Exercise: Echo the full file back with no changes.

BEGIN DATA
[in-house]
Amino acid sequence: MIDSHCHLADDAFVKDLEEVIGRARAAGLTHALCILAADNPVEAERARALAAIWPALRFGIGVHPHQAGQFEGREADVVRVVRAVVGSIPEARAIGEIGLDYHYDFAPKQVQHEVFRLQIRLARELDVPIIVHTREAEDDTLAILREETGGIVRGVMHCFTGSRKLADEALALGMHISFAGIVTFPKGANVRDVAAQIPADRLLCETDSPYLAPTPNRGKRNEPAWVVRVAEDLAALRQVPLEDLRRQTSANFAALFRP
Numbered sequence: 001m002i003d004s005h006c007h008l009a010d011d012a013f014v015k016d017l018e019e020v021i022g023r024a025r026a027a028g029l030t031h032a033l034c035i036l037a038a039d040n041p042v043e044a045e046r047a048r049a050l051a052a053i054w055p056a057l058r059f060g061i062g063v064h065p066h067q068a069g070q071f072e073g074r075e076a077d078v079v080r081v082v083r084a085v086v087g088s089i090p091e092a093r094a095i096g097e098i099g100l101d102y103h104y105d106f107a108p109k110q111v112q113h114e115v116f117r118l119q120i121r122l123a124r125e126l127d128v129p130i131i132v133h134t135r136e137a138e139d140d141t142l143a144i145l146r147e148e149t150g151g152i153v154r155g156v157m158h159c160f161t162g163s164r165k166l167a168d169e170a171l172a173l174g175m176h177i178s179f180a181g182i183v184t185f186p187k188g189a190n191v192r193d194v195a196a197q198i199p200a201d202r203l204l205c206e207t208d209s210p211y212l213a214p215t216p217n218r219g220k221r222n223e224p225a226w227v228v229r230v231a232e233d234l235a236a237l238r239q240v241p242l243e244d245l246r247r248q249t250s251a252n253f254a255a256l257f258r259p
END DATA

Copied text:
[in-house]
Amino acid sequence: MIDSHCHLADDAFVKDLEEVIGRARAAGLTHALCILAADNPVEAERARALAAIWPALRFGIGVHPHQAGQFEGREADVVRVVRAVVGSIPEARAIGEIGLDYHYDFAPKQVQHEVFRLQIRLARELDVPIIVHTREAEDDTLAILREETGGIVRGVMHCFTGSRKLADEALALGMHISFAGIVTFPKGANVRDVAAQIPADRLLCETDSPYLAPTPNRGKRNEPAWVVRVAEDLAALRQVPLEDLRRQTSANFAALFRP
Numbered sequence: 001m002i003d004s005h006c007h008l009a010d011d012a013f014v015k016d017l018e019e020v021i022g023r024a025r026a027a028g029l030t031h032a033l034c035i036l037a038a039d040n041p042v043e044a045e046r047a048r049a050l051a052a053i054w055p056a057l058r059f060g061i062g063v064h065p066h067q068a069g070q071f072e073g074r075e076a077d078v079v080r081v082v083r084a085v086v087g088s089i090p091e092a093r094a095i096g097e098i099g100l101d102y103h104y105d106f107a108p109k110q111v112q113h114e115v116f117r118l119q120i121r122l123a124r125e126l127d128v129p130i131i132v133h134t135r136e137a138e139d140d141t142l143a144i145l146r147e148e149t150g151g152i153v154r155g156v157m158h159c160f161t162g163s164r165k166l167a168d169e170a171l172a173l174g175m176h177i178s179f180a181g182i183v184t185f186p187k188g189a190n191v192r193d194v195a196a197q198i199p200a201d202r203l204l205c206e207t208d209s210p211y212l213a214p215t216p217n218r219g220k221r222n223e224p225a226w227v228v229r230v231a232e233d234l235a236a237l238r239q240v241p242l243e244d245l246r247r248q249t250s251a252n253f254a255a256l257f258r259p